Huntsville Station

Jamie Meltzer and Chris Filippone chose an almost metaphoric setting for their film, allowing them to capture the complexities of emotions that emanate from inmates that are released from prison. This bus station, that first store outside the jail become an incarnation of the freed men's feelings.... In that space, the film doesn't linger over a precise character and prefers to depict different emotions that go through their looks and movements... For the first time, we rediscover the feelings of a recovered life, the excitement of meeting the loved ones soon, but also the regrets, souvenirs and impressions of rediscovering a life, lost for many years.

-Champs-Elysées Film Festival, 2020

This beautiful film, deep, rare and moving, has dominated the entire selection by its painful subject and unique approach. In just 15 minutes, he comes to ask for our imagination and question us about the lives of these men so long incarcerated at this very moment when time stops at this remote bus station. This moment of transition to the exit of prison when these men will have to grasp a new, security freedom in great fragility, brings us closer to their humanity and emotions. Beautiful frames and hanging editing, made of real living paintings, are at the service of a great and beautiful idea of cinema. A real moment of grace!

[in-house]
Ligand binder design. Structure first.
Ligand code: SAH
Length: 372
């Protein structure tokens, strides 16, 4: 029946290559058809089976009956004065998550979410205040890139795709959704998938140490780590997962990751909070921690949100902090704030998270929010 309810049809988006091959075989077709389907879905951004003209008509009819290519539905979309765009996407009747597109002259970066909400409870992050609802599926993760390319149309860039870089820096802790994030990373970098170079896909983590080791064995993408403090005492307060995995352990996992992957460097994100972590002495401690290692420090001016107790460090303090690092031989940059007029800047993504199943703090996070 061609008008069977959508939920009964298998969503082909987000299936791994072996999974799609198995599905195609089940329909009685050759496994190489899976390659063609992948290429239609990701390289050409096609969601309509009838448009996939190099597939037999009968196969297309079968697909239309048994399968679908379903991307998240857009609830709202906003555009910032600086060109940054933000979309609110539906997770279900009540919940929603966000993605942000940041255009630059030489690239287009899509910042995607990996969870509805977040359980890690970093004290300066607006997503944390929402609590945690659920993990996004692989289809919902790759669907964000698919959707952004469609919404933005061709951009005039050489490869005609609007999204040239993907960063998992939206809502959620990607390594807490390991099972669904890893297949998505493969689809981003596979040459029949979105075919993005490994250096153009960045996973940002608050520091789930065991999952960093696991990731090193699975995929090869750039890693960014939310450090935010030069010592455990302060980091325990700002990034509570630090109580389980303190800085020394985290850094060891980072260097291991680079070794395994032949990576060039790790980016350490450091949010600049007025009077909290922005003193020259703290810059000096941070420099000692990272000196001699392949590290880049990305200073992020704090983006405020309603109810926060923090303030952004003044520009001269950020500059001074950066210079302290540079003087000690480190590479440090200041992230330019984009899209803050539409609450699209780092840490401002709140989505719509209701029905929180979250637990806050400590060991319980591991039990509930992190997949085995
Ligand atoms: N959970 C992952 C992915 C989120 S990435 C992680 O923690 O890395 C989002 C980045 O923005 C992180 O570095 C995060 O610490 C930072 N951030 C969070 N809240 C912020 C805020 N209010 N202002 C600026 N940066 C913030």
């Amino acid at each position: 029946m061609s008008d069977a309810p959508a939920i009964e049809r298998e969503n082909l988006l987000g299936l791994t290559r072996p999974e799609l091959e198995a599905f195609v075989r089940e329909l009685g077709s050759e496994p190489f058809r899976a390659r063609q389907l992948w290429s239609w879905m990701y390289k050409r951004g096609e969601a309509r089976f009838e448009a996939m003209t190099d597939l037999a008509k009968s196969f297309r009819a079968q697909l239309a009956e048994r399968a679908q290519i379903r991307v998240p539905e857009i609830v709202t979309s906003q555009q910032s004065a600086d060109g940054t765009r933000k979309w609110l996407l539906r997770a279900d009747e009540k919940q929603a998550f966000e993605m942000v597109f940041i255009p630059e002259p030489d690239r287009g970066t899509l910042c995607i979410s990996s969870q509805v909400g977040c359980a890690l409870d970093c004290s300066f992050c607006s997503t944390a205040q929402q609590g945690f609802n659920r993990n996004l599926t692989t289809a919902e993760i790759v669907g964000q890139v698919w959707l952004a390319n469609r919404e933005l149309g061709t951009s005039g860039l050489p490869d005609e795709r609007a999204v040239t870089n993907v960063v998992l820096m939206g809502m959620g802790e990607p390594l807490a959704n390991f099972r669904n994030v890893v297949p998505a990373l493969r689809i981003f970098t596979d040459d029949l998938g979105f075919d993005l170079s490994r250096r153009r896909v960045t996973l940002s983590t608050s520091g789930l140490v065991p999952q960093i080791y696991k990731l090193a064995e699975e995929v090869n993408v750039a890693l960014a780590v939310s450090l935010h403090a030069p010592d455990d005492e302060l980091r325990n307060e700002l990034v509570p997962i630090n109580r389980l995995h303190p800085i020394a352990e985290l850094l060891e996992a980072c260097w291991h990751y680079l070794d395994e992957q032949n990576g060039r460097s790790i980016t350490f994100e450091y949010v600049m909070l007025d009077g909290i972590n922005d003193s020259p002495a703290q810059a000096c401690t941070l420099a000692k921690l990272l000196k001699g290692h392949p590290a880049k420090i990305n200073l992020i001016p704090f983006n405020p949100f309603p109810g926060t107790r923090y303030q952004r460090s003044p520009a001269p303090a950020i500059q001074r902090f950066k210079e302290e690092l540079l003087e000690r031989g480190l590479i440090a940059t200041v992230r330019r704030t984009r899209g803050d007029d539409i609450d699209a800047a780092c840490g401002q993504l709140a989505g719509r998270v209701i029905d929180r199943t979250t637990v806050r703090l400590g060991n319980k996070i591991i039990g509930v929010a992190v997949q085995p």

-Jury Statement from Champs-Elysées Film Festival, 2020

An empathetic, simple yet profound observation at a bus station where recently released inmates gather in their first moments of freedom. It is a deep, heartbreaking, challenging film made with extreme care, respect and attention to detail. The film finds, in a corner of the US, a shared experience lived day in and day out across the country.

-Jury Statement from DOXA Film Festival, 2020